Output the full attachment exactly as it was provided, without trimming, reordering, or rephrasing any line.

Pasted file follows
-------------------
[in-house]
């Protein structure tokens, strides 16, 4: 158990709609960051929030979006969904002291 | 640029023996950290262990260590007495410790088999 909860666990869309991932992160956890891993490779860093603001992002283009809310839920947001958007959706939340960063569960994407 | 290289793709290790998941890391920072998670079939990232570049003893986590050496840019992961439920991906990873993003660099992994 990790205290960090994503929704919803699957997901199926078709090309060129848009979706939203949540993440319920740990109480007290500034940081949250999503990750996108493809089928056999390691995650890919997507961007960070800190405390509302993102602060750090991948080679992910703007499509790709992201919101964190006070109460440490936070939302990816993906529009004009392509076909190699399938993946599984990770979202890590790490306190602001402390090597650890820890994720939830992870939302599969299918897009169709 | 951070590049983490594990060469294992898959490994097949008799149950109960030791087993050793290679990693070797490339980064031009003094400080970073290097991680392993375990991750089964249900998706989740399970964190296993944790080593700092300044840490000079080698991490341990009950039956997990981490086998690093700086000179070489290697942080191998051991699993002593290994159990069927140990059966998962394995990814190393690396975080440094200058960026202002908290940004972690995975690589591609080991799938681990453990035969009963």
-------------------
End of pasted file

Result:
[in-house]
């Protein structure tokens, strides 16, 4: 158990709609960051929030979006969904002291 | 640029023996950290262990260590007495410790088999 909860666990869309991932992160956890891993490779860093603001992002283009809310839920947001958007959706939340960063569960994407 | 290289793709290790998941890391920072998670079939990232570049003893986590050496840019992961439920991906990873993003660099992994 990790205290960090994503929704919803699957997901199926078709090309060129848009979706939203949540993440319920740990109480007290500034940081949250999503990750996108493809089928056999390691995650890919997507961007960070800190405390509302993102602060750090991948080679992910703007499509790709992201919101964190006070109460440490936070939302990816993906529009004009392509076909190699399938993946599984990770979202890590790490306190602001402390090597650890820890994720939830992870939302599969299918897009169709 | 951070590049983490594990060469294992898959490994097949008799149950109960030791087993050793290679990693070797490339980064031009003094400080970073290097991680392993375990991750089964249900998706989740399970964190296993944790080593700092300044840490000079080698991490341990009950039956997990981490086998690093700086000179070489290697942080191998051991699993002593290994159990069927140990059966998962394995990814190393690396975080440094200058960026202002908290940004972690995975690589591609080991799938681990453990035969009963």